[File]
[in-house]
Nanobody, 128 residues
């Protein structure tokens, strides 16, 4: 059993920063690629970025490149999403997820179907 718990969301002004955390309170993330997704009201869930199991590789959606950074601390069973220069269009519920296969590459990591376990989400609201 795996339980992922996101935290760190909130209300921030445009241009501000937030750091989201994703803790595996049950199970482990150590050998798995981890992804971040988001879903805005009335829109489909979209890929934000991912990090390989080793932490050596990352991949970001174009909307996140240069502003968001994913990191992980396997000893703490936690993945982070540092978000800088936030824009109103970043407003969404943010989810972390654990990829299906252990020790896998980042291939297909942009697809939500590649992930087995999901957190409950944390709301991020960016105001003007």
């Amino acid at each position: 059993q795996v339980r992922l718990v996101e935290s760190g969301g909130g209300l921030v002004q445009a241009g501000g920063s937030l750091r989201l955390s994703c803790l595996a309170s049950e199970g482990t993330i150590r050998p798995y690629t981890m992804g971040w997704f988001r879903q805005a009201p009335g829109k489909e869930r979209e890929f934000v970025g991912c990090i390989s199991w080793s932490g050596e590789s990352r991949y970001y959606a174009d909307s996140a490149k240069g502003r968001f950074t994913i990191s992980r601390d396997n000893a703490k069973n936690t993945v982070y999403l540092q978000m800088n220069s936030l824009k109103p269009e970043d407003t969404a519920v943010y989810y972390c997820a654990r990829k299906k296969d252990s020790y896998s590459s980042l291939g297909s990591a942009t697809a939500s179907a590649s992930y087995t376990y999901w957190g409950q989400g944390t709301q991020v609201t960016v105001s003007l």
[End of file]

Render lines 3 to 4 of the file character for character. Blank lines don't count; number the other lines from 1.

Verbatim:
């Protein structure tokens, strides 16, 4: 059993920063690629970025490149999403997820179907 718990969301002004955390309170993330997704009201869930199991590789959606950074601390069973220069269009519920296969590459990591376990989400609201 795996339980992922996101935290760190909130209300921030445009241009501000937030750091989201994703803790595996049950199970482990150590050998798995981890992804971040988001879903805005009335829109489909979209890929934000991912990090390989080793932490050596990352991949970001174009909307996140240069502003968001994913990191992980396997000893703490936690993945982070540092978000800088936030824009109103970043407003969404943010989810972390654990990829299906252990020790896998980042291939297909942009697809939500590649992930087995999901957190409950944390709301991020960016105001003007």
């Amino acid at each position: 059993q795996v339980r992922l718990v996101e935290s760190g969301g909130g209300l921030v002004q445009a241009g501000g920063s937030l750091r989201l955390s994703c803790l595996a309170s049950e199970g482990t993330i150590r050998p798995y690629t981890m992804g971040w997704f988001r879903q805005a009201p009335g829109k489909e869930r979209e890929f934000v970025g991912c990090i390989s199991w080793s932490g050596e590789s990352r991949y970001y959606a174009d909307s996140a490149k240069g502003r968001f950074t994913i990191s992980r601390d396997n000893a703490k069973n936690t993945v982070y999403l540092q978000m800088n220069s936030l824009k109103p269009e970043d407003t969404a519920v943010y989810y972390c997820a654990r990829k299906k296969d252990s020790y896998s590459s980042l291939g297909s990591a942009t697809a939500s179907a590649s992930y087995t376990y999901w957190g409950q989400g944390t709301q991020v609201t960016v105001s003007l």